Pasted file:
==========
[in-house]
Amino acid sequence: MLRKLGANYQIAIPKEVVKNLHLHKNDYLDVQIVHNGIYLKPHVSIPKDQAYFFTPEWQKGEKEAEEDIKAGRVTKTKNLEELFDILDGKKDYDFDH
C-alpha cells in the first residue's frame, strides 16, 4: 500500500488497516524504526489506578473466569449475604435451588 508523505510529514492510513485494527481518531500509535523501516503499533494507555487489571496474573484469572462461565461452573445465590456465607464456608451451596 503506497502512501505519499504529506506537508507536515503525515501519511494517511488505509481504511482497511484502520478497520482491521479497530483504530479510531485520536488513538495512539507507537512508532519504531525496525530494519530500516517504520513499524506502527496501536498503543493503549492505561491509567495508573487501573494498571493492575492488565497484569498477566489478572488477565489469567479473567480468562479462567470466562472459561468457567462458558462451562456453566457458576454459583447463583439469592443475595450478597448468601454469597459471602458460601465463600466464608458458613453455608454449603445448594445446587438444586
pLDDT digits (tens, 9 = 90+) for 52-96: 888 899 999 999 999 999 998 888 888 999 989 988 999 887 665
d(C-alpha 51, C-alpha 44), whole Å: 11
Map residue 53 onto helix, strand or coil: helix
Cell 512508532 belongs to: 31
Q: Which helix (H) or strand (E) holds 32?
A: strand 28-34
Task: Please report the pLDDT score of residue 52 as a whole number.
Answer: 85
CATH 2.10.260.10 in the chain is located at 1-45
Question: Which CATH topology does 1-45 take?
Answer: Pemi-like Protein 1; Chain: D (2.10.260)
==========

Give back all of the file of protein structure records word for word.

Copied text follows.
[in-house]
Amino acid sequence: MLRKLGANYQIAIPKEVVKNLHLHKNDYLDVQIVHNGIYLKPHVSIPKDQAYFFTPEWQKGEKEAEEDIKAGRVTKTKNLEELFDILDGKKDYDFDH
C-alpha cells in the first residue's frame, strides 16, 4: 500500500488497516524504526489506578473466569449475604435451588 508523505510529514492510513485494527481518531500509535523501516503499533494507555487489571496474573484469572462461565461452573445465590456465607464456608451451596 503506497502512501505519499504529506506537508507536515503525515501519511494517511488505509481504511482497511484502520478497520482491521479497530483504530479510531485520536488513538495512539507507537512508532519504531525496525530494519530500516517504520513499524506502527496501536498503543493503549492505561491509567495508573487501573494498571493492575492488565497484569498477566489478572488477565489469567479473567480468562479462567470466562472459561468457567462458558462451562456453566457458576454459583447463583439469592443475595450478597448468601454469597459471602458460601465463600466464608458458613453455608454449603445448594445446587438444586
pLDDT digits (tens, 9 = 90+) for 52-96: 888 899 999 999 999 999 998 888 888 999 989 988 999 887 665
d(C-alpha 51, C-alpha 44), whole Å: 11
Map residue 53 onto helix, strand or coil: helix
Cell 512508532 belongs to: 31
Q: Which helix (H) or strand (E) holds 32?
A: strand 28-34
Task: Please report the pLDDT score of residue 52 as a whole number.
Answer: 85
CATH 2.10.260.10 in the chain is located at 1-45
Question: Which CATH topology does 1-45 take?
Answer: Pemi-like Protein 1; Chain: D (2.10.260)